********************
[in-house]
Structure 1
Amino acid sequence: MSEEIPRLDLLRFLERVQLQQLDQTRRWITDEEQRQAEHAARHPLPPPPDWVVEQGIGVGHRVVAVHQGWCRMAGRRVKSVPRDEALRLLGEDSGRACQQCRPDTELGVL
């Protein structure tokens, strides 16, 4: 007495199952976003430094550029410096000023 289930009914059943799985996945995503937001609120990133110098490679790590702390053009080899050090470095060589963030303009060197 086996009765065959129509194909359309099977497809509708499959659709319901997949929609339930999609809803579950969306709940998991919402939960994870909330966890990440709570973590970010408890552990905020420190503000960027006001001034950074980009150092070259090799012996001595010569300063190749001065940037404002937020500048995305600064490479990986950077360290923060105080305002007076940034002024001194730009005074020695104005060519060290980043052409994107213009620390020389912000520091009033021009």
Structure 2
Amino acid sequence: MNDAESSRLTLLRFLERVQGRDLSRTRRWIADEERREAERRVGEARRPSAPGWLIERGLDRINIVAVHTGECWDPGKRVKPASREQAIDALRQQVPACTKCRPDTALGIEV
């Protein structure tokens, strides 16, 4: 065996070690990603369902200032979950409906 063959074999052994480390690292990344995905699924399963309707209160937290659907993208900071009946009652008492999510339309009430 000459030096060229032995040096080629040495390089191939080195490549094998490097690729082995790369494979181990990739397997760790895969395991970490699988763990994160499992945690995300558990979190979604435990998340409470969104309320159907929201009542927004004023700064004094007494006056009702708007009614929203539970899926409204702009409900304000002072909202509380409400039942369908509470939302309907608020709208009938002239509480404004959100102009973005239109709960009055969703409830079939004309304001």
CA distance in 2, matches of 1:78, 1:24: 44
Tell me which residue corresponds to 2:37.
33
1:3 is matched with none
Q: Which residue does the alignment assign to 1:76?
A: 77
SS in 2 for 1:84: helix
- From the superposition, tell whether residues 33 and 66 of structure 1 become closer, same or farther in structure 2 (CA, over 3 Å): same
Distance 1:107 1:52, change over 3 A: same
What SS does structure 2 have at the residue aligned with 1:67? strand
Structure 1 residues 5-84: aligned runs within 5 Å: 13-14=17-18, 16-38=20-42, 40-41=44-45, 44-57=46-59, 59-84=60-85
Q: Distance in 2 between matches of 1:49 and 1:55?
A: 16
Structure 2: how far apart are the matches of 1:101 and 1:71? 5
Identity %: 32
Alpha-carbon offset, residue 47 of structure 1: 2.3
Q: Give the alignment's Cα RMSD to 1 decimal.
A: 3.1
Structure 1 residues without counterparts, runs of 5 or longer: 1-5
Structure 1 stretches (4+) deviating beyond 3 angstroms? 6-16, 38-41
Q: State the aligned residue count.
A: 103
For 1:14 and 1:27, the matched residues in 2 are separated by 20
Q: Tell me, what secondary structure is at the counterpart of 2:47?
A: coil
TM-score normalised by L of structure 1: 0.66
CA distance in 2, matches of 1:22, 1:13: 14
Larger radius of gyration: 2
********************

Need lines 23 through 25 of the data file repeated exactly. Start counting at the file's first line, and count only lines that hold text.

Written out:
Alpha-carbon offset, residue 47 of structure 1: 2.3
Q: Give the alignment's Cα RMSD to 1 decimal.
A: 3.1